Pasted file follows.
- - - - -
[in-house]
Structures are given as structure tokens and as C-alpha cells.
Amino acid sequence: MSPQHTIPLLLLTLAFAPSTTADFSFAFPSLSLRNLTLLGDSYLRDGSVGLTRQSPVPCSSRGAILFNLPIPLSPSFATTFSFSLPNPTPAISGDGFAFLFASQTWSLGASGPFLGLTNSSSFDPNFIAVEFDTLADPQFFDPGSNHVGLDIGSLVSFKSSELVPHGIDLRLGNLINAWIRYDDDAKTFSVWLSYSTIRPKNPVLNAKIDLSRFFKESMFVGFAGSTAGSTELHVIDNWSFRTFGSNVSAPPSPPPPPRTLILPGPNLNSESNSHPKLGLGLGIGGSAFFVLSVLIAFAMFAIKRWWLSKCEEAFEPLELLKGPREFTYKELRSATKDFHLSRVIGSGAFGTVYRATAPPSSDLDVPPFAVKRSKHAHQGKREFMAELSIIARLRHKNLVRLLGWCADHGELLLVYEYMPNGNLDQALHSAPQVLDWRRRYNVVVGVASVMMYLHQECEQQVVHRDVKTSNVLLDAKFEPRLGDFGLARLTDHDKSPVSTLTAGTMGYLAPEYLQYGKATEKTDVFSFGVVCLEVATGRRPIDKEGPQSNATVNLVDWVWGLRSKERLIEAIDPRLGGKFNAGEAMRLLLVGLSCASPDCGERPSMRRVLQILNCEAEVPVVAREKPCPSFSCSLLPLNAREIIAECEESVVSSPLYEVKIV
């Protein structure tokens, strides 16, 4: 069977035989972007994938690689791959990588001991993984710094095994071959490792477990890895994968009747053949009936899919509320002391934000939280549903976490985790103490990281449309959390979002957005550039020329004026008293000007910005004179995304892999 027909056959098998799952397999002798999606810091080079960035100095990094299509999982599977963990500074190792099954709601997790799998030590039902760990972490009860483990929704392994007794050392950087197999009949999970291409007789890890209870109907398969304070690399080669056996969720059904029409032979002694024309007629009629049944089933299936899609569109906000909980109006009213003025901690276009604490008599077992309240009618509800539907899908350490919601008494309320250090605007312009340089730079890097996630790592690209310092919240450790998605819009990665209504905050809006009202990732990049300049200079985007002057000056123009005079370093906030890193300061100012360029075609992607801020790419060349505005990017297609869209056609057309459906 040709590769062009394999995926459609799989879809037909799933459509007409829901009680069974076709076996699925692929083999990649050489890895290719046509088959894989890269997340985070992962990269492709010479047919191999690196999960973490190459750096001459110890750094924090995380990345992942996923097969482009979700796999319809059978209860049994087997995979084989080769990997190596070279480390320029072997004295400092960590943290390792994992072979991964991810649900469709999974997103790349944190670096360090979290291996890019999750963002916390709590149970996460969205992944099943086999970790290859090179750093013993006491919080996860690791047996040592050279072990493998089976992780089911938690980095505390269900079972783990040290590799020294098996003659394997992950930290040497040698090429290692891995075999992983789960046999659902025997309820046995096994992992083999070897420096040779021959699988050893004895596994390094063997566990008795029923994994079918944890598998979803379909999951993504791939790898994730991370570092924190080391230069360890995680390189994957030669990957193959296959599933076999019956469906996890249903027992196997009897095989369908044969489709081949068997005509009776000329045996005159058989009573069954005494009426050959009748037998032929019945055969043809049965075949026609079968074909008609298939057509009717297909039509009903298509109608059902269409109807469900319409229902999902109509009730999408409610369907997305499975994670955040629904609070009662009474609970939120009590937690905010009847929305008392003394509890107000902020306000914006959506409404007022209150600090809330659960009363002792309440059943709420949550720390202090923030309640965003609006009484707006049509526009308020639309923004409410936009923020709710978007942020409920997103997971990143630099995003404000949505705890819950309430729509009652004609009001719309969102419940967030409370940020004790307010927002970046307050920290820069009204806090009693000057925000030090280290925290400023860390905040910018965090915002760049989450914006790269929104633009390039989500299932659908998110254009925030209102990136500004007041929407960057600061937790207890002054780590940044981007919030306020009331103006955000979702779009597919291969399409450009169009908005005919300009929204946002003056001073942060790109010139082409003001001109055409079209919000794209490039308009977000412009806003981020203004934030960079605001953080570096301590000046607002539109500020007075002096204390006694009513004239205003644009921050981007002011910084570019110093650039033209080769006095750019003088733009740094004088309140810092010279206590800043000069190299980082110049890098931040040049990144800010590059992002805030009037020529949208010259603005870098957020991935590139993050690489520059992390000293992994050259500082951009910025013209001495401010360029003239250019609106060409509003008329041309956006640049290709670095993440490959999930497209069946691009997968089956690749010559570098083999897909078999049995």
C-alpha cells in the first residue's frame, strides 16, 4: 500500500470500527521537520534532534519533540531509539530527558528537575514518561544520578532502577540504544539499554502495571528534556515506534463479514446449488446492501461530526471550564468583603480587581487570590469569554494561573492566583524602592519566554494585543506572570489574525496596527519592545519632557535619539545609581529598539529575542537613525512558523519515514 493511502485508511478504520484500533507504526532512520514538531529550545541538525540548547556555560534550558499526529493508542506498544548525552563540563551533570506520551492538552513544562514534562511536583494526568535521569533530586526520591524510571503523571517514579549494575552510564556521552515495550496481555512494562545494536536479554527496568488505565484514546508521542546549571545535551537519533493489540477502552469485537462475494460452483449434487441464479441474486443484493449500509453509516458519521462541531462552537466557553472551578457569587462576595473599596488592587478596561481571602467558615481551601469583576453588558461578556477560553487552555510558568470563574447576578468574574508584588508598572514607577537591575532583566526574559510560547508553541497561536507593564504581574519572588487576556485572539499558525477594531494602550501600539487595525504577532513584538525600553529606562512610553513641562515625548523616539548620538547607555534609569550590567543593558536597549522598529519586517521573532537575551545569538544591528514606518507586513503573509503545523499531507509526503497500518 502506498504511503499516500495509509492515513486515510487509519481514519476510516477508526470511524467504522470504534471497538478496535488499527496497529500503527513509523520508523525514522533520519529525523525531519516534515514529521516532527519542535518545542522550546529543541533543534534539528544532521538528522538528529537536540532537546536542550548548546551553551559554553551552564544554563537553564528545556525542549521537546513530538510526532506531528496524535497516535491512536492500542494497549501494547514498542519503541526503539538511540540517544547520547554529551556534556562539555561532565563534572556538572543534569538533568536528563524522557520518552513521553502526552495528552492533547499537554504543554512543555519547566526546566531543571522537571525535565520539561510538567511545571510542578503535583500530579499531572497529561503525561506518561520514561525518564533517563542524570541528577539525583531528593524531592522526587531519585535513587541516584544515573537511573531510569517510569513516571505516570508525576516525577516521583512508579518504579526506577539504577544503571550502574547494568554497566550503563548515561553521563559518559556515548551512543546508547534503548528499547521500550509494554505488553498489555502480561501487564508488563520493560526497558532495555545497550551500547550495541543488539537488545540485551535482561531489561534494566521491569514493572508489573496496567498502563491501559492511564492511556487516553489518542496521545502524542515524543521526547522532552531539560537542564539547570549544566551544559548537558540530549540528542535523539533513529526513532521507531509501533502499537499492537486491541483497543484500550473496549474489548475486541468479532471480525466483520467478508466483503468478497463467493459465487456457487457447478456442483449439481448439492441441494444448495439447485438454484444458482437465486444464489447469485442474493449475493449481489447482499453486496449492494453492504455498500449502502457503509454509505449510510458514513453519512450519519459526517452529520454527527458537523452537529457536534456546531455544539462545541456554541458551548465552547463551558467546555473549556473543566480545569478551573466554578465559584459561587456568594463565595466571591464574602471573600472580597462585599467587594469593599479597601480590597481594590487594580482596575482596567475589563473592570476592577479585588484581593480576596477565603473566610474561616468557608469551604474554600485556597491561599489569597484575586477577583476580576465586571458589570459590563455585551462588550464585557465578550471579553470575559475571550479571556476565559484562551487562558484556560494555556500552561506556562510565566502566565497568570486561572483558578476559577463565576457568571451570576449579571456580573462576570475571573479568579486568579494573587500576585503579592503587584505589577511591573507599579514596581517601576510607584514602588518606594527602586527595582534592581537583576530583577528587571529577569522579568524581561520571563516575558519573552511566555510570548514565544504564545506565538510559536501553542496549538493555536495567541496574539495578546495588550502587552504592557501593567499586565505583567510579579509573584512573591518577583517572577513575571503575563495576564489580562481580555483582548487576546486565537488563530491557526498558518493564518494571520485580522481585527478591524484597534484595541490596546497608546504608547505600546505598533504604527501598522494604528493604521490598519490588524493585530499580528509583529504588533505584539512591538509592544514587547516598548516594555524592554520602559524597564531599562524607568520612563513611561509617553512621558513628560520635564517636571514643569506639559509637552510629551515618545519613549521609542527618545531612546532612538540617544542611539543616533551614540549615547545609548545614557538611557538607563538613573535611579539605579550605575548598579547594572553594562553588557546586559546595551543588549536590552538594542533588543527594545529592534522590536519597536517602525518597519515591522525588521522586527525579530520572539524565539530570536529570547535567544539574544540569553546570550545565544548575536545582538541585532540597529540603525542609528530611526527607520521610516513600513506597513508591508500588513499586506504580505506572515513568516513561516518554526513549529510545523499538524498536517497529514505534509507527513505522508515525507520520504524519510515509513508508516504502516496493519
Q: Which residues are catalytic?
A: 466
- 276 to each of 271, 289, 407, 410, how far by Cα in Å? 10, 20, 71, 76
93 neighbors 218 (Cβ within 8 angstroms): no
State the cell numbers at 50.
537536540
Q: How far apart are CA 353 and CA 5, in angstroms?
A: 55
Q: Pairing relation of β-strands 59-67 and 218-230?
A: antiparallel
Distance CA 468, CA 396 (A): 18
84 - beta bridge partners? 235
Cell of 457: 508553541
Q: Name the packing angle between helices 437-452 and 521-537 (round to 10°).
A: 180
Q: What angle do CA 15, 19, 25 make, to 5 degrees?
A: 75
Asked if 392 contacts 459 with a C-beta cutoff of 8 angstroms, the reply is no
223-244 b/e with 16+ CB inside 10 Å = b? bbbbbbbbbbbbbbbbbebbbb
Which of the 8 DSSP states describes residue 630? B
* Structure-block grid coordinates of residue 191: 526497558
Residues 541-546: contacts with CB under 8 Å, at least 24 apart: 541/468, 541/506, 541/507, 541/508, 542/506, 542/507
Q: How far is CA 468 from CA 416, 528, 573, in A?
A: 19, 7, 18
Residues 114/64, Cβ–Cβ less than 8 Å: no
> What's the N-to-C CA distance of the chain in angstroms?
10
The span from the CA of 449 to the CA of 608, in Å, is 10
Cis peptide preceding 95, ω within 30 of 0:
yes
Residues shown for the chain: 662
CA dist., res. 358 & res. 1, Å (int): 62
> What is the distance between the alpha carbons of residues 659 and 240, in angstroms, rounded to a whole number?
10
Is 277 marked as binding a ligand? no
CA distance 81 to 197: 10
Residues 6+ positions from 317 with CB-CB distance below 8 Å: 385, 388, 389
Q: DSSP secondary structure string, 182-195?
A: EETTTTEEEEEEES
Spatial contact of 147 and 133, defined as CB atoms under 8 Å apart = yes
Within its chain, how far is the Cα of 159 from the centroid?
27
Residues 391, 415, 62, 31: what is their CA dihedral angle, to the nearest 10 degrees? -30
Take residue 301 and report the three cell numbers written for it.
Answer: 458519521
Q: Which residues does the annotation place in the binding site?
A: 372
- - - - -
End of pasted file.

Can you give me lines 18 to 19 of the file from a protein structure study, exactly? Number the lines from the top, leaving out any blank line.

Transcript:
Cell of 457: 508553541
Q: Name the packing angle between helices 437-452 and 521-537 (round to 10°).